Other fellows were doing the same, for different organizations within the same sector. We’d come back together after long days working to compare notes and create a snapshot of that sector, and relate it to others we had already worked within. By the end of nine months, we emerged with a much more integrated and realistic view of how things get done within complex systems. And through a process of intensive 360-degree feedback, self- reflection, creating new habits, and skill building, I developed into a more effective change agent.

Morris: Years ago, was there a turning point (if not an epiphany) that set you on the career course you continue to follow? Please explain.

Penn: I’ve always been a mission-driven person, who cares deeply about positive social impact, and social and environmental justice. My personal life and career reflect a desire to serve and to focus on pressing social and environmental issues. Though I can remember this calling as always being a strong force in my life, the Gulf War Oil Spill in 1991, when I was 15, was one of the first periods of my life when I took on the role of activist and organizer. I can remember finding some like-minded collaborators, and together we planned an environmental education summit for our community because it was what I could think of to do at the time.

Morris: To what extent has your formal education been invaluable to what you have accomplished in life thus far?

Penn: My formal education experiences have opened up invaluable networks of colleagues and friends, and allowed intense and protected periods of time to learn, experiment and explore. My time at MIT was particularly valuable as I had opportunity to work with a multi-disciplinary group of students on effecting change within the MIT system relating to embracing principles of social, economic, and environmental sustainability. My time working with them and the results our efforts produced, are among the highlights of my educational experience.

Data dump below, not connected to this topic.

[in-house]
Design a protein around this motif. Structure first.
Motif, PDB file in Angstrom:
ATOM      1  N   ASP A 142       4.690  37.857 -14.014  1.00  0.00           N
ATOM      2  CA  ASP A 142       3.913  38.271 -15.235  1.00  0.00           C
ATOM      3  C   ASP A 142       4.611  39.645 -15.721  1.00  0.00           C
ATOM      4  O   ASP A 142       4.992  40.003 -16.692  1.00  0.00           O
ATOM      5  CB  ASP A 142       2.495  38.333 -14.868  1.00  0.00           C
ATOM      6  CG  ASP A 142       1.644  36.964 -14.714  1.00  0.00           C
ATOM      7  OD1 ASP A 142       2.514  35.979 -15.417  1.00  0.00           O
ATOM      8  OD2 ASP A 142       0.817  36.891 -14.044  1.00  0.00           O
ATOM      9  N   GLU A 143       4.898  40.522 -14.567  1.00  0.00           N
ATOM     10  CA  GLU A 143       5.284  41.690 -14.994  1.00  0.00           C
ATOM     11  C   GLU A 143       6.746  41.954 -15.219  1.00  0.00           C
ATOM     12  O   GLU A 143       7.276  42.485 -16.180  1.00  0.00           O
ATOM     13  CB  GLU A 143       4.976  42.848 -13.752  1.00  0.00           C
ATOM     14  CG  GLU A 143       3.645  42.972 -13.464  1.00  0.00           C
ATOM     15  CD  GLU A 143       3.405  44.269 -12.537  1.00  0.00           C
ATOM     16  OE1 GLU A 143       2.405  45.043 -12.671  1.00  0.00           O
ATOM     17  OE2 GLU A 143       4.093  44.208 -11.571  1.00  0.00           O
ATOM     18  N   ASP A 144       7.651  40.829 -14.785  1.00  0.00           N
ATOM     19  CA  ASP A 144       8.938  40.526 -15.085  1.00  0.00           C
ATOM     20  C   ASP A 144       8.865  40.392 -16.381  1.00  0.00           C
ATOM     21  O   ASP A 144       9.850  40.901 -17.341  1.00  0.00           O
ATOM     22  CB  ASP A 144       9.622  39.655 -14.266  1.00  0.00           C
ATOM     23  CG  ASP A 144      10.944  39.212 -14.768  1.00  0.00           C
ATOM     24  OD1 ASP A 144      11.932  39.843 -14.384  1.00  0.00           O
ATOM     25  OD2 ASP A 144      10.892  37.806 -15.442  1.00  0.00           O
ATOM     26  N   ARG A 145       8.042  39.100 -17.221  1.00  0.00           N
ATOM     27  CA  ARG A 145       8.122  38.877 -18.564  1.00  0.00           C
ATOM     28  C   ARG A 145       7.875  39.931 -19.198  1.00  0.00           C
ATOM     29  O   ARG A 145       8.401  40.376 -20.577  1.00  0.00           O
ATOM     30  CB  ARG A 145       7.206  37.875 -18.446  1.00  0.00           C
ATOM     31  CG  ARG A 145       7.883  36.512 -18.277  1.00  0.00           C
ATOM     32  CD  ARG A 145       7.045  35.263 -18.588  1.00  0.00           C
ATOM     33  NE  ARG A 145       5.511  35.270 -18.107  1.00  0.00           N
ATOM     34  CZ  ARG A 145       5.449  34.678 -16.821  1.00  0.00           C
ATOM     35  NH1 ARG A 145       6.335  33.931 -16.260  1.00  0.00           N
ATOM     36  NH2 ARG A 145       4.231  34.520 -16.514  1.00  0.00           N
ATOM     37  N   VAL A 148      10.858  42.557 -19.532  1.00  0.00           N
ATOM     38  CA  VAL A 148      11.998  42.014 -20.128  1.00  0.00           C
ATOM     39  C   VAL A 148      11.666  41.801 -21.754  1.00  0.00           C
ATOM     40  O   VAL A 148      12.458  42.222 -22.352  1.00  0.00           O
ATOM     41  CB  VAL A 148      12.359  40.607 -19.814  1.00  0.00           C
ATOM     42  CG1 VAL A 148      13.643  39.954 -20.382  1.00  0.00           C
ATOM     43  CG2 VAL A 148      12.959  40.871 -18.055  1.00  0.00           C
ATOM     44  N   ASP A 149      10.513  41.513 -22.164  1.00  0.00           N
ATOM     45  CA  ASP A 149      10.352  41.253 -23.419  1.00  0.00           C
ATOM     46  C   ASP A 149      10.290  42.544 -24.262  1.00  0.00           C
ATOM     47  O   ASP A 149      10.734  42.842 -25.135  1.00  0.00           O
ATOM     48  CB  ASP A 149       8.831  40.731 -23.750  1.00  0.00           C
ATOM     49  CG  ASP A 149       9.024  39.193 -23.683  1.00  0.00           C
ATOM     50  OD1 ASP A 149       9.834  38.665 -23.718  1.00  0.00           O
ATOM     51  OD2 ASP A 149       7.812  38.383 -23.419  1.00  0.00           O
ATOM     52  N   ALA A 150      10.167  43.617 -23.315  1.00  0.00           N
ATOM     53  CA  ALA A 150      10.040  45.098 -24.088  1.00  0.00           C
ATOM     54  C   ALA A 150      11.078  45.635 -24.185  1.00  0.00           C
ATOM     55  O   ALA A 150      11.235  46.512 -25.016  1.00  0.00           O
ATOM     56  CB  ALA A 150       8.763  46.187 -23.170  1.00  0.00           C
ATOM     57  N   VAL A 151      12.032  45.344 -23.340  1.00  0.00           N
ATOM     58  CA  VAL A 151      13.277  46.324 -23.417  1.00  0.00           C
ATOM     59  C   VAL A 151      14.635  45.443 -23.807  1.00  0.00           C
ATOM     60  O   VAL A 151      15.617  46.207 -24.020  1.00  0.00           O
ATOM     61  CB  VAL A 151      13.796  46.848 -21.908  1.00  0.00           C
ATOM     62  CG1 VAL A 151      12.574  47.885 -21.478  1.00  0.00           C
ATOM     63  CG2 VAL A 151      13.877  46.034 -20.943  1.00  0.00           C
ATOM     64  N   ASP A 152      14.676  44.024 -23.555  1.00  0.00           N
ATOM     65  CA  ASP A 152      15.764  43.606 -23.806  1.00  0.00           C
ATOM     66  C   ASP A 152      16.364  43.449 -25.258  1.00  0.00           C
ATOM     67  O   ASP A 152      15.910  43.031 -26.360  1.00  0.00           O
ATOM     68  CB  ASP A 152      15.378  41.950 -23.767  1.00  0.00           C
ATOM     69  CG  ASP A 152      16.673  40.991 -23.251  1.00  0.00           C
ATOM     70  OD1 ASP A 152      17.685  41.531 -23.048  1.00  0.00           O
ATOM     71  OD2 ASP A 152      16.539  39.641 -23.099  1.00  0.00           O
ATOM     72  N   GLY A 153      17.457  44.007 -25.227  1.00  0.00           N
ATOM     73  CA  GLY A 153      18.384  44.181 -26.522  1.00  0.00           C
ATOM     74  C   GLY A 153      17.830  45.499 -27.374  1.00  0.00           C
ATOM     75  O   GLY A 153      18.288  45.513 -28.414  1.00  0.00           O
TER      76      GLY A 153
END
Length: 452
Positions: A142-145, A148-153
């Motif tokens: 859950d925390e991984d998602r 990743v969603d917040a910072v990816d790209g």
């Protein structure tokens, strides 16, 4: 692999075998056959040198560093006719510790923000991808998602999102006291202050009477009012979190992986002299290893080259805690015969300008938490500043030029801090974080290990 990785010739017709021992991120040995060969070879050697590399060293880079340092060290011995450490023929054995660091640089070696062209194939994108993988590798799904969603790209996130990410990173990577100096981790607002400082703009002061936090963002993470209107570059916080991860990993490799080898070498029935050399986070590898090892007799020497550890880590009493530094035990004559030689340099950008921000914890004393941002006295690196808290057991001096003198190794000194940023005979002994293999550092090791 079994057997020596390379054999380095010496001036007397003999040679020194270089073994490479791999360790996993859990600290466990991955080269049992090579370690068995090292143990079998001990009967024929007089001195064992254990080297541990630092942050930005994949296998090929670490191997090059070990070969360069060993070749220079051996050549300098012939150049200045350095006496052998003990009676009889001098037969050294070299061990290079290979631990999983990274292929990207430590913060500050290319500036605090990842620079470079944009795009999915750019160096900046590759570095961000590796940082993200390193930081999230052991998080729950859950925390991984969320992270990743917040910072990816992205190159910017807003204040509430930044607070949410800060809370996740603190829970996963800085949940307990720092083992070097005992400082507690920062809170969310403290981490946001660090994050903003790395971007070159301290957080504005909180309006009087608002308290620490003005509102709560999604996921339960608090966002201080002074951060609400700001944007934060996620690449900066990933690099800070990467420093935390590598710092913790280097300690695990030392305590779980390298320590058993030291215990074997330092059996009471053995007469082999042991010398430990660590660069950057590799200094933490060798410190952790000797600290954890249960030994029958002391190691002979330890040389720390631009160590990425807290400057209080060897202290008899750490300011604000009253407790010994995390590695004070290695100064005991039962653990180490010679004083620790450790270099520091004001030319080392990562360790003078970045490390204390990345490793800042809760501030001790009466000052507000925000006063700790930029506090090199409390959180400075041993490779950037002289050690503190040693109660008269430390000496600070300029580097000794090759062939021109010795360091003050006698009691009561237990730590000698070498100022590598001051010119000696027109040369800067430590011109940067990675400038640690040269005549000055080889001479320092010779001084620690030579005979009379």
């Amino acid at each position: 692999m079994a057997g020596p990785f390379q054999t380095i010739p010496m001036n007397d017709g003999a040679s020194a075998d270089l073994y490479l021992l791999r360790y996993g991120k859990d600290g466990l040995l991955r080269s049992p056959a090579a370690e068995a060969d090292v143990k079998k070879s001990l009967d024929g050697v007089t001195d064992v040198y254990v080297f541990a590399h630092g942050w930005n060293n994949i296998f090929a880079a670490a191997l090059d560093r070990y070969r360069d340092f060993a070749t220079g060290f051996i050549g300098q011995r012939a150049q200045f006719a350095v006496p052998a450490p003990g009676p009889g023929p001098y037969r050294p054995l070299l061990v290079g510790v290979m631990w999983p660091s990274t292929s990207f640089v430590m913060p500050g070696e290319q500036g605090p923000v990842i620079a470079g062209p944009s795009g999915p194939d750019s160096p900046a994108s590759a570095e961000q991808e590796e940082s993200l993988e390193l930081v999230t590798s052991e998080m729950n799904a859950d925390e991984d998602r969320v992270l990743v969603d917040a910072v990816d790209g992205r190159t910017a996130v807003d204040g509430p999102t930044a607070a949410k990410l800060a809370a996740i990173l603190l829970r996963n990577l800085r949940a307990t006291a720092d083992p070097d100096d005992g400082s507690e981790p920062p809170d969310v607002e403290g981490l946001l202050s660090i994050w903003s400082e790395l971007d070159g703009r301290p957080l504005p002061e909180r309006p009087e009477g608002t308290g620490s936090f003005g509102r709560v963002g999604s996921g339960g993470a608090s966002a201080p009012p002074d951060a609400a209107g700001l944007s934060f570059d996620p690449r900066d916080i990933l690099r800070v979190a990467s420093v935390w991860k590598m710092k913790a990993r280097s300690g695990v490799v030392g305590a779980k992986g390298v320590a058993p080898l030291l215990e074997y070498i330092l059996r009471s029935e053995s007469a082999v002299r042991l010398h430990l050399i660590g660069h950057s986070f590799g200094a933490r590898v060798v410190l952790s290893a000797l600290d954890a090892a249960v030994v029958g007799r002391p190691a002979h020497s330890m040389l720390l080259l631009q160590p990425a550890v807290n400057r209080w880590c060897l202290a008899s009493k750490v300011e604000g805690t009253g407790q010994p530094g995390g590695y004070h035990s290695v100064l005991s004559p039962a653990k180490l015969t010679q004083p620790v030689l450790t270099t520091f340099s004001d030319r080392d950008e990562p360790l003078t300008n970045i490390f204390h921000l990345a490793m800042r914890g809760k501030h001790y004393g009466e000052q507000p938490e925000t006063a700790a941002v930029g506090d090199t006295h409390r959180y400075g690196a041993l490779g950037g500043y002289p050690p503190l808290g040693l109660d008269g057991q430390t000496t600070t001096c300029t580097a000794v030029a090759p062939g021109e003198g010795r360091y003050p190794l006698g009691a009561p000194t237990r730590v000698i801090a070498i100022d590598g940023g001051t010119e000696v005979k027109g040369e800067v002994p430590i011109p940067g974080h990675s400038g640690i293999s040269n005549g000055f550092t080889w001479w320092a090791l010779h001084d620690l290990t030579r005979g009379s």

Morris: In recent years, there has been criticism, sometimes-severe criticism of M.B.A. programs, even those offered by the most prestigious business schools. In your opinion, in which area is there the greatest need for immediate improvement? Any suggestions?

Penn: The move to providing more action learning experiences seems to be a positive direction for business school curricula, but there seems to be room for tighter feedback loops, iteration of ideas over the course of a project, and the embedding and sharing of lessons learned to help students develop and grow their professional and personal skills. In some ways, my co-author, Anal Satyr and I developed the method that underpins Fail Better to address some of those needs. Of course, these are not challenges only MBA students face as they carry out multi-faceted projects, but MBA programs seem uniquely suited to design curricula and experiences in such a way that students have a “safe sandbox” in which to experiment, make mistakes, test assumptions, develop rigorous habits of reflection and improvement, and share what they’ve learned.

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Kara cordially invites you to check out the resources at these websites:

Fail Better link

Mission Spark link

Groundwork MIT link

Facebook link

Twitter links



Fail Better